Bacteria able to leave biofilms when environmental conditions worsen
Scientists in Canada have shown cell death mechanism that also promotes the relocation of bacteria to more hospitable environments
Biofilms, complex communities of bacteria, abound around us: on the surface of cheese where they give off flavours and aromas, in streams where they form the slimy substance on rocks, and on our teeth where they form plaque.
Living in a biofilm provides numerous advantages to bacteria: resource sharing, shelter from predators, and increased resistance to toxic compounds such as antibiotics.
But having the option to leave the biofilm when environmental conditions deteriorate can be a plus for bacteria, too, allowing them to relocate to a more hospitable environment.
Yves Brun, a professor in the Department of Microbiology, Infectious Diseases and Immunology at Université de Montréal, said: “For the bacterium Caulobacter crescentus, the biofilm becomes a kind of prison in perpetuity; once cells are attached to a surface through a strong adhesive at one end of the cell, they cannot leave the biofilm.
“However, when these attached cells divide, their unattached ‘daughter’ cells have a choice of joining the biofilm or swimming away.”
See also: ‘Harmless’ listeria species in food developing pathogenic resistance
cells release their DNA
How do cells decide to stay or leave the biofilm? Brun advised: “We showed in a study published in 2010 that when Caulobacter cells die in the biofilm, they release their DNA, which inhibits daughter cells from joining the biofilm, hence promoting relocation from environments where death rate increases.”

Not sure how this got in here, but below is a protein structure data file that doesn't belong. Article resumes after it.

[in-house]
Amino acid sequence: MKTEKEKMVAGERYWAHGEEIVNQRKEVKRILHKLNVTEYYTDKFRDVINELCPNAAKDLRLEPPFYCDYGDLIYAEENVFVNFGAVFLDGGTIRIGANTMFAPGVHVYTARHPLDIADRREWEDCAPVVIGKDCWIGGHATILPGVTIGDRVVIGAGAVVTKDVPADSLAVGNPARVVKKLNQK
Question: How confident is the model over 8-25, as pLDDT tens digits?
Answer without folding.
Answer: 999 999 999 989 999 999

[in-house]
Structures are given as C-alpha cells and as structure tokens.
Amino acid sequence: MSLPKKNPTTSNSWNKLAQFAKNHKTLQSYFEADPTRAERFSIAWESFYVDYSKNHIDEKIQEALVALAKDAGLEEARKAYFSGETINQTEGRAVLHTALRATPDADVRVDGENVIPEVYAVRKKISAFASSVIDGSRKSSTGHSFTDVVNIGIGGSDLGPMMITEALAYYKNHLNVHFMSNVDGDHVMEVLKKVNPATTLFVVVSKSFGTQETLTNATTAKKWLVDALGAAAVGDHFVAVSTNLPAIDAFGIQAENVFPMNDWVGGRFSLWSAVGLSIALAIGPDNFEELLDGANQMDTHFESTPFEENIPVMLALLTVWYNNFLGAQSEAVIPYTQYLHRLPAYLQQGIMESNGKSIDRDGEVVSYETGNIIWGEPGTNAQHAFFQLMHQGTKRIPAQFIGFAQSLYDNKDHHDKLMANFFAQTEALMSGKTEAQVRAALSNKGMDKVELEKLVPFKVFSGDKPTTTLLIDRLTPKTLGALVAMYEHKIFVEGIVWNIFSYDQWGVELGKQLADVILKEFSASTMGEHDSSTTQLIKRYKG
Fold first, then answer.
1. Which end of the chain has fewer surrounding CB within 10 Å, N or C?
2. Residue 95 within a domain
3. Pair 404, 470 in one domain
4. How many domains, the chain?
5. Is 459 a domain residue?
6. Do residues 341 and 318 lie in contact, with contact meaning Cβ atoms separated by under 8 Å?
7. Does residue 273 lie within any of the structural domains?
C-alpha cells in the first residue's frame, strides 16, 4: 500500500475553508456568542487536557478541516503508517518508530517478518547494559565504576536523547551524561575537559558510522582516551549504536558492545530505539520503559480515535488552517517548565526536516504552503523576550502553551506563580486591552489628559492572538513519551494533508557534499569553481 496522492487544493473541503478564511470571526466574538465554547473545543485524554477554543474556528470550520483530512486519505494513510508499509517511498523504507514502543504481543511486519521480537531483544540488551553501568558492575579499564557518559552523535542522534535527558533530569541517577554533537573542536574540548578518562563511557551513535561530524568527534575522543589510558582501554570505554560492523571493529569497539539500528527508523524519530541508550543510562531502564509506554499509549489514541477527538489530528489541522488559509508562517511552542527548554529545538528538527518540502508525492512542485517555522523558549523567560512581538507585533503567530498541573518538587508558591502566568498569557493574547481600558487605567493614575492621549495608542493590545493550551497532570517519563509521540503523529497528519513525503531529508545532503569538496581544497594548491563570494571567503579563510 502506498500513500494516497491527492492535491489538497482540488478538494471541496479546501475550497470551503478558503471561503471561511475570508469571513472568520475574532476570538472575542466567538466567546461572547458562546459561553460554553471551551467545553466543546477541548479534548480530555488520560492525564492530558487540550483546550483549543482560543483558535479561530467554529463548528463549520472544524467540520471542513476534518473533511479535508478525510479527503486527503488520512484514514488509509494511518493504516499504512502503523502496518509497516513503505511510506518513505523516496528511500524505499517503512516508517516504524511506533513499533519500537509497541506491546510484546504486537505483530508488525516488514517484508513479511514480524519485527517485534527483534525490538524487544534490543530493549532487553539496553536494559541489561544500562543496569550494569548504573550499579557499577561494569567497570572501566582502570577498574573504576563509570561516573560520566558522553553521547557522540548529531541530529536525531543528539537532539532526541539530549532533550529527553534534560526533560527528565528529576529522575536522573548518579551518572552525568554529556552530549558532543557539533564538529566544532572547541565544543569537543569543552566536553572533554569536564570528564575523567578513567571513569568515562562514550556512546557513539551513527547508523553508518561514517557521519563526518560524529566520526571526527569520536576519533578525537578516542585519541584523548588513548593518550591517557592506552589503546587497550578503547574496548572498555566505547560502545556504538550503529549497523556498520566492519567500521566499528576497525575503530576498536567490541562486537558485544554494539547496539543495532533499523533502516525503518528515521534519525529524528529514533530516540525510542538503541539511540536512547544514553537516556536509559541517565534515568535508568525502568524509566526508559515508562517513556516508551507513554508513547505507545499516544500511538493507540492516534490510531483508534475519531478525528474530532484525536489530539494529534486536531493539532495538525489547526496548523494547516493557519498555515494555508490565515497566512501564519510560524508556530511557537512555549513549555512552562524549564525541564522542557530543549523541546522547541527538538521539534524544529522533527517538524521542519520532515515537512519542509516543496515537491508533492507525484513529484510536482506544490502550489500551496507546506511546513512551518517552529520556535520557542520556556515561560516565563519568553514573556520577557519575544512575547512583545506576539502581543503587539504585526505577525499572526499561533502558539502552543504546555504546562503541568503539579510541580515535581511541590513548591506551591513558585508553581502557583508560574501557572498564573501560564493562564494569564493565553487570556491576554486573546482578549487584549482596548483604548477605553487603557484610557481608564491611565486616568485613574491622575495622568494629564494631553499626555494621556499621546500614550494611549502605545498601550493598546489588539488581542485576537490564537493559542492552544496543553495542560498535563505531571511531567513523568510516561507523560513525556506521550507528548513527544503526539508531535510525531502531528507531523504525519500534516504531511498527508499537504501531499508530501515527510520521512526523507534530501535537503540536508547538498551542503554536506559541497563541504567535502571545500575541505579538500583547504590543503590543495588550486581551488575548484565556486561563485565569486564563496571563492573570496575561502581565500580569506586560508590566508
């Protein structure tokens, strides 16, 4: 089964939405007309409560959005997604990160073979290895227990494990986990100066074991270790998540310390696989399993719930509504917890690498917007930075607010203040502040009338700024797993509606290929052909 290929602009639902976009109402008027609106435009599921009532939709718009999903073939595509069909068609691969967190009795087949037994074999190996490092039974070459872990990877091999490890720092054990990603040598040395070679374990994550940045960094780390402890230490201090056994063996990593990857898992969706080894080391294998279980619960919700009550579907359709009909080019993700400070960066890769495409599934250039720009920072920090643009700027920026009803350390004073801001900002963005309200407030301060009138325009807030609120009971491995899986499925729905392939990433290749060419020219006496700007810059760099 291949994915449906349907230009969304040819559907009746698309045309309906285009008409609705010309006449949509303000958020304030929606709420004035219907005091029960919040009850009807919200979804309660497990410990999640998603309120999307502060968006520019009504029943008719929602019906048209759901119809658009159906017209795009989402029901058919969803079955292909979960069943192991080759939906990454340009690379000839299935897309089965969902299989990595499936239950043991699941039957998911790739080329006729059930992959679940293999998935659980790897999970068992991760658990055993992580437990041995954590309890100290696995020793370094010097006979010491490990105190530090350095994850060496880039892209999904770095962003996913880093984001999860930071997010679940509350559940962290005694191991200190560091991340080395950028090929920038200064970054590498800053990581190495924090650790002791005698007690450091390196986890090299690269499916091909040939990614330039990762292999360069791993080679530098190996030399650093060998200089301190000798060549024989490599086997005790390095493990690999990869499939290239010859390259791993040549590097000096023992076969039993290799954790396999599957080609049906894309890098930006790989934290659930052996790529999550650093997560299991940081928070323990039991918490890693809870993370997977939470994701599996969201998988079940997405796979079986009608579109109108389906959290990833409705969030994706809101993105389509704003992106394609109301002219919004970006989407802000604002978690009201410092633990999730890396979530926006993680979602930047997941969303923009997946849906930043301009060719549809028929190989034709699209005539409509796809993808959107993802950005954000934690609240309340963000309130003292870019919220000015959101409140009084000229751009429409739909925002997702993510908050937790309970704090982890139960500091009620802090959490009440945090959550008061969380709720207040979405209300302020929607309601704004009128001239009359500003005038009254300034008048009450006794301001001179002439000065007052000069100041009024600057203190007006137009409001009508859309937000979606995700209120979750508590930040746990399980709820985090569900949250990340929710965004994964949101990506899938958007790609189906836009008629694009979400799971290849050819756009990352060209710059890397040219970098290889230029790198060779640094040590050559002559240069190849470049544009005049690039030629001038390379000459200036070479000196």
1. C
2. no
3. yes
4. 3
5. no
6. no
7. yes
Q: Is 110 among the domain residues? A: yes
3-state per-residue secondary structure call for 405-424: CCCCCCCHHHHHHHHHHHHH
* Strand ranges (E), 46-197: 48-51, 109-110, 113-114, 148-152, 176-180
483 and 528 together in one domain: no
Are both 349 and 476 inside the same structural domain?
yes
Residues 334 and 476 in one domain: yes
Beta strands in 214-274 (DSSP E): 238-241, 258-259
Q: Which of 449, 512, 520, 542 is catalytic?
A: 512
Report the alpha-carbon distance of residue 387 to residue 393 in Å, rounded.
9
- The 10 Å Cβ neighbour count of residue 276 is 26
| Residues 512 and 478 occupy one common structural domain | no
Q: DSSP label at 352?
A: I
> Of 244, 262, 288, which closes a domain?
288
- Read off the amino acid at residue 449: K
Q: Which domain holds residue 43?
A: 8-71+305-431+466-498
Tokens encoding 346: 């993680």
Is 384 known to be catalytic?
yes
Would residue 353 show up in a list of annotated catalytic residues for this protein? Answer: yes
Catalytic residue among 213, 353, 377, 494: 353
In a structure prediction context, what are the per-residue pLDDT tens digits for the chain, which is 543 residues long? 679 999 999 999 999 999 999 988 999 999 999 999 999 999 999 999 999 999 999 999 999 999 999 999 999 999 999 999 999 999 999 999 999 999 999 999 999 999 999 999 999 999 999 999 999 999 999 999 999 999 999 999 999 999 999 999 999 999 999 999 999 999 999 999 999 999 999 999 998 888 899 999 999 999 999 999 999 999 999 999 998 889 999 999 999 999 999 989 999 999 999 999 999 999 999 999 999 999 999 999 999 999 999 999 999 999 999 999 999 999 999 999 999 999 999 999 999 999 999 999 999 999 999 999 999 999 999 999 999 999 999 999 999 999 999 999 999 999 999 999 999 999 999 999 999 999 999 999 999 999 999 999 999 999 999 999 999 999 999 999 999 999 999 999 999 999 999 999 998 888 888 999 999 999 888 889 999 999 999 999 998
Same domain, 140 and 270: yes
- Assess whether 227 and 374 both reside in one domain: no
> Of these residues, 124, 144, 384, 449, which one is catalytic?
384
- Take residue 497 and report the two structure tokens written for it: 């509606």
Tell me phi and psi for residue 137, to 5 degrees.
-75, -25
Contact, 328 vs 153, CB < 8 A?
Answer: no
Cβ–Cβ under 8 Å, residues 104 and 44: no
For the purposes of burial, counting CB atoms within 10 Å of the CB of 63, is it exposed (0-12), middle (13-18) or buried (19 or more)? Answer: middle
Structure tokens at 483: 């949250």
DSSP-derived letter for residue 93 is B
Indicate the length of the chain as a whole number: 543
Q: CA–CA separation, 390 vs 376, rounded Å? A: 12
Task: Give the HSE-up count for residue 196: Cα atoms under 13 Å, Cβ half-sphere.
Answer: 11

Brun and his research team therefore wanted to determine if cell death occurred randomly as the environmental quality declined or if it was a regulated process responding to a specific signal.
Team member Cécile Berne, lead author of the study, explained: “We showed that Caulobacter uses a programmed cell death mechanism that causes some cells to sacrifice themselves when the conditions inside the biofilm deteriorate.
“Known as a toxin-antitoxin system, this mechanism uses a toxin that targets a vital function and its associated antidote, the antitoxin.
“The toxin is more stable than the antitoxin and when programmed cell death is initiated, the amount of antitoxin is reduced, resulting in cell death.”
She added: “Using a combination of genetics and microscopy, we showed that the toxin-antitoxin system is activated when oxygen becomes sparse as the biofilm becomes larger and cells compete for the available oxygen.”
The resulting death of a subset of cells releases DNA, which promotes the dispersal of their live siblings to potentially more hospitable environments, thereby preventing overcrowding that would further reduce environmental quality in the biofilm.
Biofilms have both positive and negative impacts on our everyday life. Bacteria living in biofilms are commonly used in food production, wastewater treatment, and pollution remediation.
Brun advised: “The downside is that the biofilm lifestyle is also a strategy used by pathogenic bacteria to become more resistant to antibiotics.
“Understanding the mechanisms driving the balance between cells joining the biofilm and cells swimming away will help us develop solutions to the challenge of antibiotic resistance, to promote the formation of biofilms when we want them, and eradicate them when we do not.”
The study is published in eLife.
Image: A mature bacterial film (biofilm) of Caulobacter cells attached to a glass surface. © Cécile Berne/ Université de Montréal.